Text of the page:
The bacterial ion channel KcsA has become a useful model of complex K+-ion channels thanks to its single pore domain structure whose sequence shares many similarities with eukaryotic channels. Like many physiologically-relevant ion channels, KcsA inactivates after prolonged exposure to stimuli (in this case, a lowered pH). The inactivation mechanism has been heavily investigated, using structural, functional and simulations methods, but the molecular basis underlying the energetics of the process remains actively debated. In this work, we use the “string method with swarms of trajectories” enhanced sampling technique to characterize the free energy landscape lining the KcsA inactivation process. After channel opening following a pH drop, KcsA presents metastable open states leading to an inactivated state. The final inactivation step consists of a constriction of the selectivty filter and entry of three water molecules into binding sites behind each selectivity filter subunit. Based our simulations, we propose a key role for residue L81 in opening a gateway for water molecules to enter their buried sites, rather than for Y82 which has previously been suggested to act as a lid. In addition, since we found the energetically favored inactivation mechanism to be dependent on the force field, our results also address the importance of parameter choice for this type of mechanism. In particular, inactivation involves passing through the fully-open state only when using the AMBER force field. In contrast, using CHARMM, selectivity filter constriction proceeds directly from the partially open state. Finally, our simulations suggest that removing the co-purifying lipids stabilizes the partially open states, rationalizing their importance for the proper inactivation of the channel.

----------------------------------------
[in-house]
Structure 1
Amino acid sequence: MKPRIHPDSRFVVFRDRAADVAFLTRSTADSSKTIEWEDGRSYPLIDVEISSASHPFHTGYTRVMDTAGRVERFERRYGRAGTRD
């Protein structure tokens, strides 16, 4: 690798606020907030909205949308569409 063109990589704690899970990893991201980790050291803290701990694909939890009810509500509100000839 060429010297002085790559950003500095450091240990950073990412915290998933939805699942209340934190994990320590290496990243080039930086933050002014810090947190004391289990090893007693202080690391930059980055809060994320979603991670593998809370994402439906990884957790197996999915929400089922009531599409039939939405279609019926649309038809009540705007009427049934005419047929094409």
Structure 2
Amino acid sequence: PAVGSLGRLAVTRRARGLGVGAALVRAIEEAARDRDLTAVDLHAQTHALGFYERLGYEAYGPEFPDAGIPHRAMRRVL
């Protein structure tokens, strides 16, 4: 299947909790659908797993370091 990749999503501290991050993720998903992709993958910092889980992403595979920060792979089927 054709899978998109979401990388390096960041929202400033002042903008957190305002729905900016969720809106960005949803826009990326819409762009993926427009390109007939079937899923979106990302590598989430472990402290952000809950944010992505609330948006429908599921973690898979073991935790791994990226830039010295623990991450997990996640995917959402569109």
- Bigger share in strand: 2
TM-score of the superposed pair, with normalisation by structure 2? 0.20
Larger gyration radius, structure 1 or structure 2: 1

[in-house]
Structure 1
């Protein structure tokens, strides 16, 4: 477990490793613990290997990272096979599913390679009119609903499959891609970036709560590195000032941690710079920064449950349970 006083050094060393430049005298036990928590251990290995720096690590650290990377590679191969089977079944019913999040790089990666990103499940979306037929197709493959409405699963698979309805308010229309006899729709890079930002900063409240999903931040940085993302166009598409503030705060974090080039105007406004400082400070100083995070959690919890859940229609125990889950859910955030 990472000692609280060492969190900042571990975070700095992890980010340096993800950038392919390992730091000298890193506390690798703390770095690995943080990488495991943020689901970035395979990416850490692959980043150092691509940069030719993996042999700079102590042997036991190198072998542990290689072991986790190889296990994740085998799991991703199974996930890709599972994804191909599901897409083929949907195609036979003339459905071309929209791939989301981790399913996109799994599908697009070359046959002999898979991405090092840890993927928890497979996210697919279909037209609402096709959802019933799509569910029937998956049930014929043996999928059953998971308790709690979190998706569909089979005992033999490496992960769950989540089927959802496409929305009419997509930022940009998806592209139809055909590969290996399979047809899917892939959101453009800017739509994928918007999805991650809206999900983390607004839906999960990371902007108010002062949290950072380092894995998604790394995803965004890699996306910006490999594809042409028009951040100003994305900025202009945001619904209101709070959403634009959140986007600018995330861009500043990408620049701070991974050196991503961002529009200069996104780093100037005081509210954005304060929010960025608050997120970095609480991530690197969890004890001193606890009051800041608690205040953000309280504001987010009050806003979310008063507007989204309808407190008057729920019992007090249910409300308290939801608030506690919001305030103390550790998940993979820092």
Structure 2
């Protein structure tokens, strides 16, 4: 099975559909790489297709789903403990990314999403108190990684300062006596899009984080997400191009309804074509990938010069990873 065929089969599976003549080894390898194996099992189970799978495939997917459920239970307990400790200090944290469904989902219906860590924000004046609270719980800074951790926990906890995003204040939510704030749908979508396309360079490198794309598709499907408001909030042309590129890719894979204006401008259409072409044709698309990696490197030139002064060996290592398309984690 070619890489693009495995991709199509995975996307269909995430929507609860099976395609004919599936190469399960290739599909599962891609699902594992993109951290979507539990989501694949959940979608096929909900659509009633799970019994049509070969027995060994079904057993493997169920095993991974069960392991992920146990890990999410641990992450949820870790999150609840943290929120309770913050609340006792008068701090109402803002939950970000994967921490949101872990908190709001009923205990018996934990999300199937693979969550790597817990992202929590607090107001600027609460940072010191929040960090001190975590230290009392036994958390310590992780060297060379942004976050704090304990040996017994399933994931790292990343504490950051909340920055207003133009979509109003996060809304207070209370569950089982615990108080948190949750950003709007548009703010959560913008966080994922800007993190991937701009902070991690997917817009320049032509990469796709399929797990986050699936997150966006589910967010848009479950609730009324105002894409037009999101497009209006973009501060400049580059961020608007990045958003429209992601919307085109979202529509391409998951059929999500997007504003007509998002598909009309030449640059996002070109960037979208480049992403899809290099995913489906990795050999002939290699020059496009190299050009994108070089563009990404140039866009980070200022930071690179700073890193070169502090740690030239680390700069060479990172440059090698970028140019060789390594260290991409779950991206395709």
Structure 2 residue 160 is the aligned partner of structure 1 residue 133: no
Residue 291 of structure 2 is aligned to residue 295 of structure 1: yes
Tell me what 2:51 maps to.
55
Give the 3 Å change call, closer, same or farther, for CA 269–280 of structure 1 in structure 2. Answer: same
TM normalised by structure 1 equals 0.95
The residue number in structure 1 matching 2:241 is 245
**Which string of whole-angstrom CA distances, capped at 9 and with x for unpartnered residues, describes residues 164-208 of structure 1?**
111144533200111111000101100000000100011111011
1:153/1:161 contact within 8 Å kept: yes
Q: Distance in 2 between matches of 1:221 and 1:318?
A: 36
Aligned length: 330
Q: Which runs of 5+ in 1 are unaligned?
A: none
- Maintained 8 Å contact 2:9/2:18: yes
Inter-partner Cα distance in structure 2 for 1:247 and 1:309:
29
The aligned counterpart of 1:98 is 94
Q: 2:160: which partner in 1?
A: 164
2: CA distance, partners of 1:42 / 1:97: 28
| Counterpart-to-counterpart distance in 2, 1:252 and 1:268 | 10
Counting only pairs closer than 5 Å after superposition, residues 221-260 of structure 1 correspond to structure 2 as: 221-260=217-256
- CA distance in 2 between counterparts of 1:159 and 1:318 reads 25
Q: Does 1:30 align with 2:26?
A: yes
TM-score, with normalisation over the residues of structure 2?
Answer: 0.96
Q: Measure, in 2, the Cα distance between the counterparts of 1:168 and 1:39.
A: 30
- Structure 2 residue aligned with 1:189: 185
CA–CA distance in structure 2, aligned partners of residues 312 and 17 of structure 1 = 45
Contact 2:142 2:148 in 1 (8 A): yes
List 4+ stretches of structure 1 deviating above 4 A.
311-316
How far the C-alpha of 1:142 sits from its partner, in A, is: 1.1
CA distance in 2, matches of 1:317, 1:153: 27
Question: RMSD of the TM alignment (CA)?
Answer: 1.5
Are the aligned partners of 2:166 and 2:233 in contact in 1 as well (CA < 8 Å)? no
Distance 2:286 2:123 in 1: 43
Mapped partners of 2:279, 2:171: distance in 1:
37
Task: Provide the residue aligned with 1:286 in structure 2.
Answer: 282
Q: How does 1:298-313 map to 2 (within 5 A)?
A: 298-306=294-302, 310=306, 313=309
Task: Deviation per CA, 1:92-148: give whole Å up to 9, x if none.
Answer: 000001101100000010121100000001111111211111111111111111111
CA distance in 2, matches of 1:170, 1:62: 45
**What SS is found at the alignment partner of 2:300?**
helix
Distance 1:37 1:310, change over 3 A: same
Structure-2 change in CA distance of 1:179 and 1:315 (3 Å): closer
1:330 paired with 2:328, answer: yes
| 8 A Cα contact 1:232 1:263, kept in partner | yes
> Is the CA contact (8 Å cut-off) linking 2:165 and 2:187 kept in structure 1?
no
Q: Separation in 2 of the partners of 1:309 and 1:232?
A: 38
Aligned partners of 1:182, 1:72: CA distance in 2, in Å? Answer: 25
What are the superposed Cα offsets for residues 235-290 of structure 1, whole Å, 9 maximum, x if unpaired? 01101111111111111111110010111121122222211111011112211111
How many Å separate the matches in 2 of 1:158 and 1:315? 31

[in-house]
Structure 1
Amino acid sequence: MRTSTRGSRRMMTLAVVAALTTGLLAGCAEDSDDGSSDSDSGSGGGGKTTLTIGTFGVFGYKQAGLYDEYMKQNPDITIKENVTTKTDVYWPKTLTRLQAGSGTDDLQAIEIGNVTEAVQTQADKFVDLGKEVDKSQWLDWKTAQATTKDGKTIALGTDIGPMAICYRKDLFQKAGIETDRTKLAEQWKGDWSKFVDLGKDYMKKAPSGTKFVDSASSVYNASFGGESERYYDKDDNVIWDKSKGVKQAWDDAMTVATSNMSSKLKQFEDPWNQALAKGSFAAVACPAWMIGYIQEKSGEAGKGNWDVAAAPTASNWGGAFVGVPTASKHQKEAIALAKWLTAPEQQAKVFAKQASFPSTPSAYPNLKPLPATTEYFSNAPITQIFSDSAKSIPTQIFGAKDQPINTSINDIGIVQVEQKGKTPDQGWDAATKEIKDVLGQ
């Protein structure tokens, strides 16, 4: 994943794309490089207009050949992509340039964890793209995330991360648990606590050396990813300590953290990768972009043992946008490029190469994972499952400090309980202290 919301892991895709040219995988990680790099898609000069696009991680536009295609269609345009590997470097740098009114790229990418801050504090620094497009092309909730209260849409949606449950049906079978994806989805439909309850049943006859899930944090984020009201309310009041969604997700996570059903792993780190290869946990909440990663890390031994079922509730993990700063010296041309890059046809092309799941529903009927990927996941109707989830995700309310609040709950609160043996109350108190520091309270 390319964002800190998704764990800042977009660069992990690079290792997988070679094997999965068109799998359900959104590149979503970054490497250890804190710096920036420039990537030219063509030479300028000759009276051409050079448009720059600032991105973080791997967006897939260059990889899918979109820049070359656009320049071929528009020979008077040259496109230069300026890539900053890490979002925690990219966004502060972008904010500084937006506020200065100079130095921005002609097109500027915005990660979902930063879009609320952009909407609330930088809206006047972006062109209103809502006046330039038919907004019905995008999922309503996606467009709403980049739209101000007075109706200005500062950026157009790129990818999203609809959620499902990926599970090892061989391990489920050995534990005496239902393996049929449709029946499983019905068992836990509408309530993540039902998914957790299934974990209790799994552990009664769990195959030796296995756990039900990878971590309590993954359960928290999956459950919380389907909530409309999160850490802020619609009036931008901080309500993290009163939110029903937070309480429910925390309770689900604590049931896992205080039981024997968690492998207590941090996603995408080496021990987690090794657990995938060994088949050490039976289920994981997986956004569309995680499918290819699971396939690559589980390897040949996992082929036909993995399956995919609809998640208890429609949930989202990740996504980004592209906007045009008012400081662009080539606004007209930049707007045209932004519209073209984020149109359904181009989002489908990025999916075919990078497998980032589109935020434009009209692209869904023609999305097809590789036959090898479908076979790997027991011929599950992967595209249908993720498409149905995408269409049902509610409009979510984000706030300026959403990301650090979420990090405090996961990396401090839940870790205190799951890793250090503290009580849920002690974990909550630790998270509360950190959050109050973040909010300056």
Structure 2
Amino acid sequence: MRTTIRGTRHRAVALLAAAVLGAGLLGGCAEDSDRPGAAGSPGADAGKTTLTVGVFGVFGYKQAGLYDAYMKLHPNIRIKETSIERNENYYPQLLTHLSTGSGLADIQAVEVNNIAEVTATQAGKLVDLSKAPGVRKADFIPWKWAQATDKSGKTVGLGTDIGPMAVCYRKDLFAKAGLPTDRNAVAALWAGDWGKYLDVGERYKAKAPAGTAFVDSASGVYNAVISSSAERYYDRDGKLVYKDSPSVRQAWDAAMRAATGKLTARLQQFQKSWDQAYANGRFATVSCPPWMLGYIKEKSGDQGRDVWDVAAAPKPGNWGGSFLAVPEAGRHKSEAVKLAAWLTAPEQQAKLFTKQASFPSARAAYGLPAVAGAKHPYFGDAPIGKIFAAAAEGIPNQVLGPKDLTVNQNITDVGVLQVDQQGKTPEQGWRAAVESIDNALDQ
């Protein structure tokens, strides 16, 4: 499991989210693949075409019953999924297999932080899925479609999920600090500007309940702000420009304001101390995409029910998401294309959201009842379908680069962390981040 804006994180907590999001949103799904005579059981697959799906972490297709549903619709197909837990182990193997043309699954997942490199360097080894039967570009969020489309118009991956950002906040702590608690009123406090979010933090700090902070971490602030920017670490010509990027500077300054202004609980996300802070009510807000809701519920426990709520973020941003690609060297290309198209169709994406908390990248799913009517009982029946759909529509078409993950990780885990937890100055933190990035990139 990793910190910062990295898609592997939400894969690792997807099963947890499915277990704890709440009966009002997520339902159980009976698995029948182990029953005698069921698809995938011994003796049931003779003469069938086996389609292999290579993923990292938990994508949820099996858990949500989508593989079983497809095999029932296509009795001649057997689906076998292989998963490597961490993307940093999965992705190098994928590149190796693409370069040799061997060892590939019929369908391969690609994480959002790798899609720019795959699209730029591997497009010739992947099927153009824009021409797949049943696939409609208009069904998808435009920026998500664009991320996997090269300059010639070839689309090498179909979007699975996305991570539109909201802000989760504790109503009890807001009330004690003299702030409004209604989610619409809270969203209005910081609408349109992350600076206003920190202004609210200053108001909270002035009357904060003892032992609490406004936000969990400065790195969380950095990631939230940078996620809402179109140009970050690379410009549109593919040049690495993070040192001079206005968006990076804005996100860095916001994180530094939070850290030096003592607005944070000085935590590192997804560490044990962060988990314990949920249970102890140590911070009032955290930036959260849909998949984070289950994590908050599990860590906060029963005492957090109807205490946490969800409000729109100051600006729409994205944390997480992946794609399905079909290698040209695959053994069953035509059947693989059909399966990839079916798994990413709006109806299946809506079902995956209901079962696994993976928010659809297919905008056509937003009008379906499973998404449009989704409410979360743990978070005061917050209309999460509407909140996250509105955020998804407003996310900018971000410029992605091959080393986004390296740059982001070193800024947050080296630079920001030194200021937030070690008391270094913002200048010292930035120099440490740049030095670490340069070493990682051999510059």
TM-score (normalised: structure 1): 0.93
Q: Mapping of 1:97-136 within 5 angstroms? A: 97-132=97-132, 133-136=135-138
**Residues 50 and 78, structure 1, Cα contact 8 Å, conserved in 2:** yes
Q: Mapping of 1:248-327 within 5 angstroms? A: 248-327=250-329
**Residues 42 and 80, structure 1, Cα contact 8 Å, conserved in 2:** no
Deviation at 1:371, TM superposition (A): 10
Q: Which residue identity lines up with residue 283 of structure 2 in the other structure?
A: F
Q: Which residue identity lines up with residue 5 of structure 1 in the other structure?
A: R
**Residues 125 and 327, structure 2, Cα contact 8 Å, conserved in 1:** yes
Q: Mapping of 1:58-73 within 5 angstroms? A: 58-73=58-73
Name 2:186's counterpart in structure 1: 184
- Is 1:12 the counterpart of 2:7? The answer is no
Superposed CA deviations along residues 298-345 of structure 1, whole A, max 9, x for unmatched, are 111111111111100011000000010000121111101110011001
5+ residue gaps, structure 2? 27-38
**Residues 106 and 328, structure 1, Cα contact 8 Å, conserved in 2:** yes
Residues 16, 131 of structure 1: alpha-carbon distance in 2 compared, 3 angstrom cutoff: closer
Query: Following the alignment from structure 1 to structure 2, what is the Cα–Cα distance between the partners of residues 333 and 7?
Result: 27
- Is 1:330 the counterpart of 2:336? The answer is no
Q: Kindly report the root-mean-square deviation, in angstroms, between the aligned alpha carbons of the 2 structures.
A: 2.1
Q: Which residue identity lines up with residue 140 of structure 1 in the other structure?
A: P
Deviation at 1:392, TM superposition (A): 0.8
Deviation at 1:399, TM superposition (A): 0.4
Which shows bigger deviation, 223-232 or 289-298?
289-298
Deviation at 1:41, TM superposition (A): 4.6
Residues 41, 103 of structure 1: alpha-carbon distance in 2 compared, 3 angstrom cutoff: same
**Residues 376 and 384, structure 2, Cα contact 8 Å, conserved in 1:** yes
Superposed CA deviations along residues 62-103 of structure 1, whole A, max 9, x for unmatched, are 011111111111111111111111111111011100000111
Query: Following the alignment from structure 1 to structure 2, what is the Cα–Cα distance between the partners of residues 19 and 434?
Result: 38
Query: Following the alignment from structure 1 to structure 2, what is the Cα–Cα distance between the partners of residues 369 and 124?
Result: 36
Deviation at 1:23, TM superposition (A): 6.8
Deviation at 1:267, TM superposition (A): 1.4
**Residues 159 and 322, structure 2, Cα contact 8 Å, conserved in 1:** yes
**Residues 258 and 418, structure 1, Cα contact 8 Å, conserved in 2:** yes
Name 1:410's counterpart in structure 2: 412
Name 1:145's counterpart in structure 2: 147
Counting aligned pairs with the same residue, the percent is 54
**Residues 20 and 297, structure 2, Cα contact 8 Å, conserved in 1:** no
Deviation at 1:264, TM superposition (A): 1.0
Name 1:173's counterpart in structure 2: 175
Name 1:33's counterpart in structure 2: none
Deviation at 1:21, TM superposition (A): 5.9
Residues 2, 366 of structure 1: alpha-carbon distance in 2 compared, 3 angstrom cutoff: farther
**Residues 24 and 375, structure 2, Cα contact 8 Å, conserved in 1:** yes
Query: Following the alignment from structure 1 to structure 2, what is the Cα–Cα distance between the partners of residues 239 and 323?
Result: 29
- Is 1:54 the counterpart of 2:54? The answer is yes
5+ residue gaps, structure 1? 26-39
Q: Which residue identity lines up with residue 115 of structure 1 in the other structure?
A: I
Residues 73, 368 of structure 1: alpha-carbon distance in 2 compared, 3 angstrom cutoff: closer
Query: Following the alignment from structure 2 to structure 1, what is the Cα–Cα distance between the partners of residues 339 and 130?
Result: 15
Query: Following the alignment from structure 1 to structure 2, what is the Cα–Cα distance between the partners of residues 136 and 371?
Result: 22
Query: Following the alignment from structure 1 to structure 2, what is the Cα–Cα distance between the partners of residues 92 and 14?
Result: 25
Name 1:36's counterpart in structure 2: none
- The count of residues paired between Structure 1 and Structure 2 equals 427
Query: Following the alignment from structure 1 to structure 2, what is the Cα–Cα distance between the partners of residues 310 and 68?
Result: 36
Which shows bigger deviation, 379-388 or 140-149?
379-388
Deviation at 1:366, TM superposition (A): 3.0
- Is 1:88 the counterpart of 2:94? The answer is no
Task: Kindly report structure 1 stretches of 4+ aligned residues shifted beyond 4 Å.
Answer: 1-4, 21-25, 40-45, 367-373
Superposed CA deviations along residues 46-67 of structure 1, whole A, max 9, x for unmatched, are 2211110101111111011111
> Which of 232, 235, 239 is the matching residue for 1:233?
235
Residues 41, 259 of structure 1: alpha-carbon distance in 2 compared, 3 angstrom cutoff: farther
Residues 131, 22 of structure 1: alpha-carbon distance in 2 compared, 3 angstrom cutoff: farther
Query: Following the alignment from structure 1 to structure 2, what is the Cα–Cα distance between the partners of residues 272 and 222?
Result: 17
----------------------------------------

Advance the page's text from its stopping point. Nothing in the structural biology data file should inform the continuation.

In this valuable study, advanced simulation methodologies are used to extract the mechanisms of inactivation for the potassium ion channel KcsA. The string method approach provides solid evidence that reveal features associated with the interplay between gate size and collapse of the selectivity filter, as well as remarkable differences between different force fields. While this manuscript does not address recent discoveries in K channel inactivation involving dilated selectivity filter structures obtained by Xray and cryo-EM, it does help us understand the KcsA constriction process. With added descriptions and analysis of collective variables, improved reproducibility of results, consistency between string method free energies and unbiased simulations, and improved transition rate calculation, this manuscript will be of interest to the ion channel field.